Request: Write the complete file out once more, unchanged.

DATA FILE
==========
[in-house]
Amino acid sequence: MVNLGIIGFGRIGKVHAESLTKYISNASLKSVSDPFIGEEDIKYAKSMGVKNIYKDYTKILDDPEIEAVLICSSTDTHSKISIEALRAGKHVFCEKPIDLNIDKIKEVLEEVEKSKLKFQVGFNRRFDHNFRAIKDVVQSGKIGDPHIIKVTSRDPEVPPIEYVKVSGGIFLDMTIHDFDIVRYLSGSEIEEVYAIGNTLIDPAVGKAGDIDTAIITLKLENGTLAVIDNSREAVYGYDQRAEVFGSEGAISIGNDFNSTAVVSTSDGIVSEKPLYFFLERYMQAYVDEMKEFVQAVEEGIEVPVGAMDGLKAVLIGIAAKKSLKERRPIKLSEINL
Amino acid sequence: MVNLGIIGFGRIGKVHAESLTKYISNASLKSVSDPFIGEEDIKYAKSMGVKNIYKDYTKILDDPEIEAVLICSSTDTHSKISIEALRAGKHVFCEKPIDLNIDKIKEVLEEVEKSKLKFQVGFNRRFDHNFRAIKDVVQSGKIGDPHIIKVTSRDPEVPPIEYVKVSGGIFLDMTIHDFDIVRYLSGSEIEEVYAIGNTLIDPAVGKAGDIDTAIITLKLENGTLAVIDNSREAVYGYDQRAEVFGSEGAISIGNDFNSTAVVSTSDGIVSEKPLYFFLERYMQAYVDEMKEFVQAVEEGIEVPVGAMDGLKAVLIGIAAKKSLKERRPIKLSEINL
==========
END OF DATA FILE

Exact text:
[in-house]
Amino acid sequence: MVNLGIIGFGRIGKVHAESLTKYISNASLKSVSDPFIGEEDIKYAKSMGVKNIYKDYTKILDDPEIEAVLICSSTDTHSKISIEALRAGKHVFCEKPIDLNIDKIKEVLEEVEKSKLKFQVGFNRRFDHNFRAIKDVVQSGKIGDPHIIKVTSRDPEVPPIEYVKVSGGIFLDMTIHDFDIVRYLSGSEIEEVYAIGNTLIDPAVGKAGDIDTAIITLKLENGTLAVIDNSREAVYGYDQRAEVFGSEGAISIGNDFNSTAVVSTSDGIVSEKPLYFFLERYMQAYVDEMKEFVQAVEEGIEVPVGAMDGLKAVLIGIAAKKSLKERRPIKLSEINL
Amino acid sequence: MVNLGIIGFGRIGKVHAESLTKYISNASLKSVSDPFIGEEDIKYAKSMGVKNIYKDYTKILDDPEIEAVLICSSTDTHSKISIEALRAGKHVFCEKPIDLNIDKIKEVLEEVEKSKLKFQVGFNRRFDHNFRAIKDVVQSGKIGDPHIIKVTSRDPEVPPIEYVKVSGGIFLDMTIHDFDIVRYLSGSEIEEVYAIGNTLIDPAVGKAGDIDTAIITLKLENGTLAVIDNSREAVYGYDQRAEVFGSEGAISIGNDFNSTAVVSTSDGIVSEKPLYFFLERYMQAYVDEMKEFVQAVEEGIEVPVGAMDGLKAVLIGIAAKKSLKERRPIKLSEINL